New to Mitsubishi Motors is a 1.5-liter turbocharged engine with direct-injection. Not only does this bad boy go under the hood of the Eclipse Cross, but it was built in-house. In fact, the entire small SUV was built in-house, demonstrating Mitsubishi Motors’ ability to still design and produce fantastic vehicles despite their new deals with Nissan-Renault. Being a turbocharged engine with direct injection, expect more horsepower than seen on a Mitsubishi vehicle before. Plus, Mitsubishi’s Continuous Variable Transmission (CVT) is being integrated into the Cross and paired to the engine for great fuel economy.
With Mitsubishi making a lot of changes and bringing new vehicles to their lineup since the Mitsubishi and Nissan-Renault partnership started, there’s a lot of talk of what’s to come. Mitsubishi is leaning towards crossovers and SUVs these days, and recently they discontinued the all-electric i-Miev. But with the expansion of Mitsubishi Motors across the world and in the auto market, there are some changes we can see happening to the current lineup. Especially with the sharing of components between Mitsubishi and Nissan.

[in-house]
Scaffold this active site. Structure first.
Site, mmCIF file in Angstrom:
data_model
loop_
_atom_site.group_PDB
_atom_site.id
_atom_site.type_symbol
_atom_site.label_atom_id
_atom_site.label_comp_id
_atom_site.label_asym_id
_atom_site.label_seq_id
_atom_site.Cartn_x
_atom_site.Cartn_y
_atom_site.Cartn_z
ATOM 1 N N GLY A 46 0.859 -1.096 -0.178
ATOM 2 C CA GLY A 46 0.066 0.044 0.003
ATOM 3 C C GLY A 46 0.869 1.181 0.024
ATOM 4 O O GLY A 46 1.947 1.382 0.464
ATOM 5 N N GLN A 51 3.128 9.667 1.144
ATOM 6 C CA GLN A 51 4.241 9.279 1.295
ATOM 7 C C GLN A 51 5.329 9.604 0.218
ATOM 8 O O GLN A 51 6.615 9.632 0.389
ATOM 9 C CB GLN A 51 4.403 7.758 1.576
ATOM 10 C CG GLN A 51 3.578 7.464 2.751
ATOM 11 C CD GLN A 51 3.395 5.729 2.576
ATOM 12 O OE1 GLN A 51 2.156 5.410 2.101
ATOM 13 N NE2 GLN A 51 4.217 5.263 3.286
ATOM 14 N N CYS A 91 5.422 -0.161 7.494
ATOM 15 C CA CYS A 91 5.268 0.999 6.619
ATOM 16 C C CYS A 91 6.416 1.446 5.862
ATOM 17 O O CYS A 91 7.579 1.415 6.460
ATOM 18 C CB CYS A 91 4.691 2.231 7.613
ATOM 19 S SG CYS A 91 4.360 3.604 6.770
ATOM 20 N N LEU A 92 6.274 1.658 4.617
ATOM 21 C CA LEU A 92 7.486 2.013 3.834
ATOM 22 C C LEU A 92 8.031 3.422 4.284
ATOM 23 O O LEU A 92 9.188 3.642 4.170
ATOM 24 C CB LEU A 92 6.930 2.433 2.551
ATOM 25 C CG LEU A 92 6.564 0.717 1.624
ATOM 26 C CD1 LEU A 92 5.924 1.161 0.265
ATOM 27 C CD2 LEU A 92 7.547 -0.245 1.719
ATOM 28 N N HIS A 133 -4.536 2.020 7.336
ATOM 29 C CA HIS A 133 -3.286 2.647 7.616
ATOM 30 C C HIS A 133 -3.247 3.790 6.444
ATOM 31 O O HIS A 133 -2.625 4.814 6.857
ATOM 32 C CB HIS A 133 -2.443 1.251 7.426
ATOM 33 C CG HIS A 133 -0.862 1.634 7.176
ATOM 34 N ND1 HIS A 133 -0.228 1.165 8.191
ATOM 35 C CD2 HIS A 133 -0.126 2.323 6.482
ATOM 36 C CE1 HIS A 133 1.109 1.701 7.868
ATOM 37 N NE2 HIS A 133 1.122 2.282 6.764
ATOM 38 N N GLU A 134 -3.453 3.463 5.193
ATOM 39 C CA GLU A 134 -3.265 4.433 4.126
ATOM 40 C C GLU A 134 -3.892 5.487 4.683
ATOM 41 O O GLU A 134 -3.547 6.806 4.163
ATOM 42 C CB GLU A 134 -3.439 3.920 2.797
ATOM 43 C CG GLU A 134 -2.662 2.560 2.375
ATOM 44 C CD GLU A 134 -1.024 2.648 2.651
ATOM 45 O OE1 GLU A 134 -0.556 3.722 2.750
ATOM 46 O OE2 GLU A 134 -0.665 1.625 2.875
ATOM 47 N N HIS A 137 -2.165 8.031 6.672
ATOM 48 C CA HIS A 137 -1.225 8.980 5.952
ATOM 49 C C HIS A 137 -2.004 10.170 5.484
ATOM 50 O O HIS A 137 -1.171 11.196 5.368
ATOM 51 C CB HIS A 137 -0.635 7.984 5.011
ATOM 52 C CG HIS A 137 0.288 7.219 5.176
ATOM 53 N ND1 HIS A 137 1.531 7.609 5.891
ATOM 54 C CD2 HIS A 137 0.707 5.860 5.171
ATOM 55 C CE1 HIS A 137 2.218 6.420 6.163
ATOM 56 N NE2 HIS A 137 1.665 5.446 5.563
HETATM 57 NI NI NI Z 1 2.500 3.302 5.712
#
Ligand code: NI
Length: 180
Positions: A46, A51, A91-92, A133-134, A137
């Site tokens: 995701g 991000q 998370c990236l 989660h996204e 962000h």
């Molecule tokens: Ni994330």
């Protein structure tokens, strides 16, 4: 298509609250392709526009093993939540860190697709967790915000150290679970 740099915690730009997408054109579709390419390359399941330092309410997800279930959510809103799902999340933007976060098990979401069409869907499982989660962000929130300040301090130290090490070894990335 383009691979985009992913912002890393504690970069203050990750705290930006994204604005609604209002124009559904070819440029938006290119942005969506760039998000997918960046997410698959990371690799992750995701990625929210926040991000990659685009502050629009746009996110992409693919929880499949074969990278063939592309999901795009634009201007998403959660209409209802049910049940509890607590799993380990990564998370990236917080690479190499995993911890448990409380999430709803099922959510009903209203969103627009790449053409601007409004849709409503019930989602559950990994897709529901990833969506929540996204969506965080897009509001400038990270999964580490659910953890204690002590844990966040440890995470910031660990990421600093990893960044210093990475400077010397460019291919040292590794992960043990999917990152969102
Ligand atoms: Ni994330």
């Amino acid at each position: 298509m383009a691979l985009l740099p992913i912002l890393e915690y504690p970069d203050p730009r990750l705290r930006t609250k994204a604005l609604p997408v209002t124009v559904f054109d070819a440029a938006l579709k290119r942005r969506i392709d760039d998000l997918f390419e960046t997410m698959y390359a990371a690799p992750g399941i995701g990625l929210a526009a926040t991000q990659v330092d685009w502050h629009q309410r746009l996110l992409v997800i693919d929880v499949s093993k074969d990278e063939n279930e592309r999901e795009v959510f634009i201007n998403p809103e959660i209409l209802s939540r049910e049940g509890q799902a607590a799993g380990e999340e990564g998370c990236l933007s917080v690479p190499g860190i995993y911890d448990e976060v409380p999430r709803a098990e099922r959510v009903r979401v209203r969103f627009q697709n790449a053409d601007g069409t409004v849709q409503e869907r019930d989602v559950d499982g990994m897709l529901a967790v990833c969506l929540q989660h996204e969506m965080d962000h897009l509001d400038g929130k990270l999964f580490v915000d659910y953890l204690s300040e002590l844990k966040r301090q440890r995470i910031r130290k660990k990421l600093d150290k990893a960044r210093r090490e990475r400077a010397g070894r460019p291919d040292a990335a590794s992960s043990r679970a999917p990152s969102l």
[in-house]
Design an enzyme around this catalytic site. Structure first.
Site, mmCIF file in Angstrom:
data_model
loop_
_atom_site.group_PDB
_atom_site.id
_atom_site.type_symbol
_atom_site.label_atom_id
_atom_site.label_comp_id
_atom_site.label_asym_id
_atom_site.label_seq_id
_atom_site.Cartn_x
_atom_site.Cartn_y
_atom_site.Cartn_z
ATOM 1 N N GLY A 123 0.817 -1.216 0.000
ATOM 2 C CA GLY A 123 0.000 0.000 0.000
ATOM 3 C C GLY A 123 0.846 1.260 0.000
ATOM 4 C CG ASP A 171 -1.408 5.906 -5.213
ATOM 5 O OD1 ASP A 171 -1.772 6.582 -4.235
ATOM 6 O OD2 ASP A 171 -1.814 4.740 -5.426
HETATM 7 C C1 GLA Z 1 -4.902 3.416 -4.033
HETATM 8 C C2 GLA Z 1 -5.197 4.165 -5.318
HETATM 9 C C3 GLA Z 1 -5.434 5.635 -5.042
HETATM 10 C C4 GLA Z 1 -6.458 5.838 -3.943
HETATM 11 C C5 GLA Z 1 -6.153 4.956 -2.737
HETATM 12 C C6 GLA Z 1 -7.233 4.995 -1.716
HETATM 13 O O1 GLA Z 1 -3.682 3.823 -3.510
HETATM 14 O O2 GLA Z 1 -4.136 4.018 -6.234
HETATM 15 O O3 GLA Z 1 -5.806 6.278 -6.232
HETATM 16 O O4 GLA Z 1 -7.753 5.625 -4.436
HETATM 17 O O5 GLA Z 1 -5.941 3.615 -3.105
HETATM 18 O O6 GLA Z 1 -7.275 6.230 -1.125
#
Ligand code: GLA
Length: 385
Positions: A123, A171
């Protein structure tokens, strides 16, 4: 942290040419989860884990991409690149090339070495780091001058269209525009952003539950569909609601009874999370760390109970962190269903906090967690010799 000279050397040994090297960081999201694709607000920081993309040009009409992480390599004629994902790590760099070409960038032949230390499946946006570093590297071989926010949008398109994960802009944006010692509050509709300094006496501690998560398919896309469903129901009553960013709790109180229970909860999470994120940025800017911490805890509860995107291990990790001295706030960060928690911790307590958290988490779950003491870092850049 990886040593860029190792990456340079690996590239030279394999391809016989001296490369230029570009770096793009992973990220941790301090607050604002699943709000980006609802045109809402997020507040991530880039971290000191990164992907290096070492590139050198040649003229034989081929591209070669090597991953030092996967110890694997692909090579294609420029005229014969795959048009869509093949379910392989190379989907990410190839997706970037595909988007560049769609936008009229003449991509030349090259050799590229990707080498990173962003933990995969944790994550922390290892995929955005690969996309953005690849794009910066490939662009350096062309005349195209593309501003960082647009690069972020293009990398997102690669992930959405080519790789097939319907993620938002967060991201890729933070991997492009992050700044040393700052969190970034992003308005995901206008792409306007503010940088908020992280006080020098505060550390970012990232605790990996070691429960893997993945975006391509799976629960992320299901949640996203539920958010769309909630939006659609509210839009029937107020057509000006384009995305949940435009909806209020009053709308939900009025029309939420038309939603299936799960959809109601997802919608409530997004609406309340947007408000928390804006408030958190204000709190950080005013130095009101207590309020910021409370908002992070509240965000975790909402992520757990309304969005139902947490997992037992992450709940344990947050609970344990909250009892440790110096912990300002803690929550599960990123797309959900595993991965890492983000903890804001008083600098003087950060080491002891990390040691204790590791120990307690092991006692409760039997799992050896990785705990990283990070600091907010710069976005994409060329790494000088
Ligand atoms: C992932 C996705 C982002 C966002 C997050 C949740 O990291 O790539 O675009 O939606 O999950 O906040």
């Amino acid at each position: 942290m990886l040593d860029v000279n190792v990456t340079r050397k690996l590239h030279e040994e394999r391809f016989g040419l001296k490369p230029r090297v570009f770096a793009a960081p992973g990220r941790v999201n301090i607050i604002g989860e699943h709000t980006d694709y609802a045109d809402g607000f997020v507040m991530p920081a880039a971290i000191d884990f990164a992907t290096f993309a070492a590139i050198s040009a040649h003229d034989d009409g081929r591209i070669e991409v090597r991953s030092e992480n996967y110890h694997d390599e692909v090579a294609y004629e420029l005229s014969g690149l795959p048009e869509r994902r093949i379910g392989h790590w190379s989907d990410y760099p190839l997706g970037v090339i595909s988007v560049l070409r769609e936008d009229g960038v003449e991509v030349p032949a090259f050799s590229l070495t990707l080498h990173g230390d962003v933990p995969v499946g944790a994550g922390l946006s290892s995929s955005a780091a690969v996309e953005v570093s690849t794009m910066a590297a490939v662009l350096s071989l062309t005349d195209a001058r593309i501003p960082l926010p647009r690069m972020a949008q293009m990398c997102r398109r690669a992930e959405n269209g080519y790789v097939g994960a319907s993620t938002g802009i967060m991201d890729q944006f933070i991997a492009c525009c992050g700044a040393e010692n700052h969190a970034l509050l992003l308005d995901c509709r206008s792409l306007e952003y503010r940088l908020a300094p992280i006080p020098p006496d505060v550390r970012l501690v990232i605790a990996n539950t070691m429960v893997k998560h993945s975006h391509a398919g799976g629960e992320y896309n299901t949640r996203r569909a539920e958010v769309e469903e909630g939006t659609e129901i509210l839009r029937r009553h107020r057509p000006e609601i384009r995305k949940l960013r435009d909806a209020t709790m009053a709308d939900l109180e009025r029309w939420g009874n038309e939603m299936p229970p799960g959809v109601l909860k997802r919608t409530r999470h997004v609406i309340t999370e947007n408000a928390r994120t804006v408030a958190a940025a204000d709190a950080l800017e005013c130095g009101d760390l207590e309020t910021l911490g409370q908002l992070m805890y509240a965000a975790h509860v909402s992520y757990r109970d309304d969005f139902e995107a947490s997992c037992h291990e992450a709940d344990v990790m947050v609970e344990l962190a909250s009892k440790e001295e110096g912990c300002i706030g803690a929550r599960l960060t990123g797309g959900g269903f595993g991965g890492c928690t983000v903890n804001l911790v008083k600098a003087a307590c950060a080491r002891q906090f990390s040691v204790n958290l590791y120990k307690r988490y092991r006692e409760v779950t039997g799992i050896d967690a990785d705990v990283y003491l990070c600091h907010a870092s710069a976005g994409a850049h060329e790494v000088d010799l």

The Mitsubishi Mirage and Mirage G4 are cornerstones for Mitsubishi Motors, known for their high fuel economy and sporty looks. The former comes with Apple CarPlay and Android Auto, but both models will most likely have it in the next model-year. For 2019, both models will be re-engineered and have a new powertrain option. Mitsubishi has always had low-power engines though, so we won’t see anything too grand – a 1.1-liter turbocharged engine is the current pick.